The law was adopted in October 2014, but the agency has (had) criminal investigative powers since December 2015. Since that time, the agency triggered a few investigations, but for, for large-scale corruption cases, you need at least six months to do the pre-trial investigation.

oD: Over the past few months, Kiev has been drawing sharp criticism from Western diplomats. The US Vice President Joe Biden said corruption was eating Ukraine "like a cancer" and Christine Lagarde, head of the International Monetary Fund said “it is hard to see” how the $18 billion bail-out program could continue if the government doesn't make a substantial new effort to fight corruption. This pressure finally compelled parliament to vote to remove the prosecutor general Viktor Shokin who had been in power for months despite obvious signs of corruption.

DK: He was very loyal to President Petro Poroshenko and he himself was covering (up the) corrupt system. He – yes he was dismissed by the parliament, however it was done too late. We asked for his dismissal in September 2015 (and showed proof) that (he was) incapable and unwilling to reform the agency, and (that he was) not delivering cases.

What (Shokin) did instead, he arranged a (cull of the) few people in the prosecution who were good, who were reform-oriented, who tried to deliver cases, who tried to help in international investigations, who tried to make real reform by firing bad people and hiring good people, new people into the system. So what Shokin did before his resignation, he literally got rid of all the good people in the system.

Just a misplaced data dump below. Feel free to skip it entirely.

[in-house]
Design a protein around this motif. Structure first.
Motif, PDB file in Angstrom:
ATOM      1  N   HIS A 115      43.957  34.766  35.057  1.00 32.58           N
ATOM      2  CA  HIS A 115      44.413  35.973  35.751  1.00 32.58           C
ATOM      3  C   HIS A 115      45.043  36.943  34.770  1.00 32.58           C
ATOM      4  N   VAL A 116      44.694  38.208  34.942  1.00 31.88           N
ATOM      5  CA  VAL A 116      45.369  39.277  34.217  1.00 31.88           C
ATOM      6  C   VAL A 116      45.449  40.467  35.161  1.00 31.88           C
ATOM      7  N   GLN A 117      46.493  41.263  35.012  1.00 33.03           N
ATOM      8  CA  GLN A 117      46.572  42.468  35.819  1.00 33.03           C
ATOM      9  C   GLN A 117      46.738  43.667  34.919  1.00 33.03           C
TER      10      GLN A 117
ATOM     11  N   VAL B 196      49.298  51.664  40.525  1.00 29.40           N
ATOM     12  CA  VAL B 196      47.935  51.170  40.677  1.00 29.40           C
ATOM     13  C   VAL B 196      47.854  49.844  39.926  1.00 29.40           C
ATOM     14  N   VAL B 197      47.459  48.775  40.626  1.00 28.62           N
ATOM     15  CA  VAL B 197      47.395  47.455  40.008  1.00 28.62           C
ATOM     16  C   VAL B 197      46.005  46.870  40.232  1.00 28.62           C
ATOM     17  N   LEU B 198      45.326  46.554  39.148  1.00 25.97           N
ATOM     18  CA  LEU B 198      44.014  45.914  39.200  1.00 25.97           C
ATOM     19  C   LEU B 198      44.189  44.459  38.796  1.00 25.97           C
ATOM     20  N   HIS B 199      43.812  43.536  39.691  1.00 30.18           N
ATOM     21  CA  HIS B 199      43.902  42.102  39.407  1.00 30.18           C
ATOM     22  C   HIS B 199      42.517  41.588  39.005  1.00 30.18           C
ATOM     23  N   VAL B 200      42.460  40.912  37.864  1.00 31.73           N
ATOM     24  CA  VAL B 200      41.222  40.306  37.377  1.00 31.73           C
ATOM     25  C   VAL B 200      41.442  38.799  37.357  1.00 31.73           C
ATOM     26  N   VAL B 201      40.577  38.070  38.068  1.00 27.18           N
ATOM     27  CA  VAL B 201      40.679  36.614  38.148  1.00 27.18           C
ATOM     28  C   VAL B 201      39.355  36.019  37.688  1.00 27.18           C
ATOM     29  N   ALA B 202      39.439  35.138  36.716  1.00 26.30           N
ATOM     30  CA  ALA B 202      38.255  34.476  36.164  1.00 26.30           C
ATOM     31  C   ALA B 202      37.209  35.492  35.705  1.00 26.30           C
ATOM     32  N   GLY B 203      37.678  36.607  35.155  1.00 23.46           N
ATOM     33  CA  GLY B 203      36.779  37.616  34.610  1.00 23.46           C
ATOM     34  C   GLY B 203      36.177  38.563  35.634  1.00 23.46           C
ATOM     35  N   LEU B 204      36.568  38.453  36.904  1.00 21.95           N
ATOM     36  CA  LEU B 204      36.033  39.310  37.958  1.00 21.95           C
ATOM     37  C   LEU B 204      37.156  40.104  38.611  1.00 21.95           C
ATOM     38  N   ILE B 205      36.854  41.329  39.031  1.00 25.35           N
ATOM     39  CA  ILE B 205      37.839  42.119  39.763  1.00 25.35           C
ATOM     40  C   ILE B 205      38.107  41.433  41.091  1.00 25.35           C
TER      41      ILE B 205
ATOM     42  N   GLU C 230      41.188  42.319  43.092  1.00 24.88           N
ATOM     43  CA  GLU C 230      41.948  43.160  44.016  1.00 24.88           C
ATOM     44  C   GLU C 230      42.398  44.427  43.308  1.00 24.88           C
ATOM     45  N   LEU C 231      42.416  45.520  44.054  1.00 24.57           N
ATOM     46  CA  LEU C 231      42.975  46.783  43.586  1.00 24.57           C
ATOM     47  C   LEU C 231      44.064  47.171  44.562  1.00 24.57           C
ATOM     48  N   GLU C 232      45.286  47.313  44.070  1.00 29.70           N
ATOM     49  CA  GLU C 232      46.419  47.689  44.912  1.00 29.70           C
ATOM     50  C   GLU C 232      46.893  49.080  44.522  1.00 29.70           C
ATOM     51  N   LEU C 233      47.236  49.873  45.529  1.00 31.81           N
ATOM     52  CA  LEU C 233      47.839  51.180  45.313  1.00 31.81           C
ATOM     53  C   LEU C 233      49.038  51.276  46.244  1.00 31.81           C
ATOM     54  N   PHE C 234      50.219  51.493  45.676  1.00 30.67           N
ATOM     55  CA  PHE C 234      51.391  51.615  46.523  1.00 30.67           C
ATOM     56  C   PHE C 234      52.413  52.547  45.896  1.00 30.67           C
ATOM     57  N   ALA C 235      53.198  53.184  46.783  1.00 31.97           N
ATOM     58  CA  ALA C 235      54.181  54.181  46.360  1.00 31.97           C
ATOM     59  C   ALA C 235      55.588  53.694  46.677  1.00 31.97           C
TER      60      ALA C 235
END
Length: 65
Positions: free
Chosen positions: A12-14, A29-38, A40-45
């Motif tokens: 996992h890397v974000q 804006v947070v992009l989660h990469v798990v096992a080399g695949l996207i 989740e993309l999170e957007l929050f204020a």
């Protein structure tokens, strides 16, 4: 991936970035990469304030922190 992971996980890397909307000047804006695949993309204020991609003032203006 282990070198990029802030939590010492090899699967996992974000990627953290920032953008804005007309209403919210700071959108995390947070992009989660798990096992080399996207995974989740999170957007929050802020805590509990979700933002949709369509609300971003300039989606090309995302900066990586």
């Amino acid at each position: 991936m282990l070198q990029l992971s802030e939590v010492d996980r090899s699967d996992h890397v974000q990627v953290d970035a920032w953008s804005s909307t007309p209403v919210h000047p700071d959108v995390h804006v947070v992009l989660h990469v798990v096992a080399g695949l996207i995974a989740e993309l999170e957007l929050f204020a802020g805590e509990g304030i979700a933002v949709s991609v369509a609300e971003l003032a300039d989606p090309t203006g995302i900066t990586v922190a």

oD: Ukraine was sometimes described as a kleptocracy when Yanukovych was in charge and today it continues to rank very high on all indexes for corruption. Historically and culturally, what’s behind the problem? 

DK: Ukraine was part of the Soviet Union, and the Ukrainian political elite was intimidated, was put into prisons, was murdered, was forced to run away from the country. So the best Ukrainian leaders – we lost them – in 80 years. But there were imposed institutions and rules of the game which allowed, after the collapse of the Soviet Union to emerge there, the group of oligarchs. So people simply used existing law enforcement agencies, which were part of the party, which part of the instruments of the party, to enrich themselves. They literally robbed the country and used the country's resources to enrich themselves.